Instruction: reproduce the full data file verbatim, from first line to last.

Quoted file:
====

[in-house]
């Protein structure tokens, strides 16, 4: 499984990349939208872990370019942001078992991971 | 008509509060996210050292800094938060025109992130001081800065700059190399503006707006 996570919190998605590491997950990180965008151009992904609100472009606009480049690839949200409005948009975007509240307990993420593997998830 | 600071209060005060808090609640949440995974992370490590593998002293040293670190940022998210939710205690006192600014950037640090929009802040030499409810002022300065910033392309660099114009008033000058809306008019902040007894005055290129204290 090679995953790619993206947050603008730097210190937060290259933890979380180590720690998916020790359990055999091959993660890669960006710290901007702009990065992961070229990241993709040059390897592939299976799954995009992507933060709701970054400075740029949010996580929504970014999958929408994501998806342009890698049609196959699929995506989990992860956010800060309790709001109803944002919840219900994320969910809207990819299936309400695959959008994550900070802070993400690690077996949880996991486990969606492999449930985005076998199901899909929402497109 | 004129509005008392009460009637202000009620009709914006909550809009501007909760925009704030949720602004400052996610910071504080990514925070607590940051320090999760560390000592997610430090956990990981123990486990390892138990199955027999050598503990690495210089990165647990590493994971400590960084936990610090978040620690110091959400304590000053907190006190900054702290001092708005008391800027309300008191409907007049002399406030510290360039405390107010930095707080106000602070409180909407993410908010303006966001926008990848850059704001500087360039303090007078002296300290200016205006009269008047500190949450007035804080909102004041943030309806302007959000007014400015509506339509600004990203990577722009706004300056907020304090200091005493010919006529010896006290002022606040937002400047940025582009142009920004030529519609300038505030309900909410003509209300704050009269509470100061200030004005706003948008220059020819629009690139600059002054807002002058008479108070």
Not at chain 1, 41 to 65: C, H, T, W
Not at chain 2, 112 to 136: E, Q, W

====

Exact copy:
[in-house]
């Protein structure tokens, strides 16, 4: 499984990349939208872990370019942001078992991971 | 008509509060996210050292800094938060025109992130001081800065700059190399503006707006 996570919190998605590491997950990180965008151009992904609100472009606009480049690839949200409005948009975007509240307990993420593997998830 | 600071209060005060808090609640949440995974992370490590593998002293040293670190940022998210939710205690006192600014950037640090929009802040030499409810002022300065910033392309660099114009008033000058809306008019902040007894005055290129204290 090679995953790619993206947050603008730097210190937060290259933890979380180590720690998916020790359990055999091959993660890669960006710290901007702009990065992961070229990241993709040059390897592939299976799954995009992507933060709701970054400075740029949010996580929504970014999958929408994501998806342009890698049609196959699929995506989990992860956010800060309790709001109803944002919840219900994320969910809207990819299936309400695959959008994550900070802070993400690690077996949880996991486990969606492999449930985005076998199901899909929402497109 | 004129509005008392009460009637202000009620009709914006909550809009501007909760925009704030949720602004400052996610910071504080990514925070607590940051320090999760560390000592997610430090956990990981123990486990390892138990199955027999050598503990690495210089990165647990590493994971400590960084936990610090978040620690110091959400304590000053907190006190900054702290001092708005008391800027309300008191409907007049002399406030510290360039405390107010930095707080106000602070409180909407993410908010303006966001926008990848850059704001500087360039303090007078002296300290200016205006009269008047500190949450007035804080909102004041943030309806302007959000007014400015509506339509600004990203990577722009706004300056907020304090200091005493010919006529010896006290002022606040937002400047940025582009142009920004030529519609300038505030309900909410003509209300704050009269509470100061200030004005706003948008220059020819629009690139600059002054807002002058008479108070």
Not at chain 1, 41 to 65: C, H, T, W
Not at chain 2, 112 to 136: E, Q, W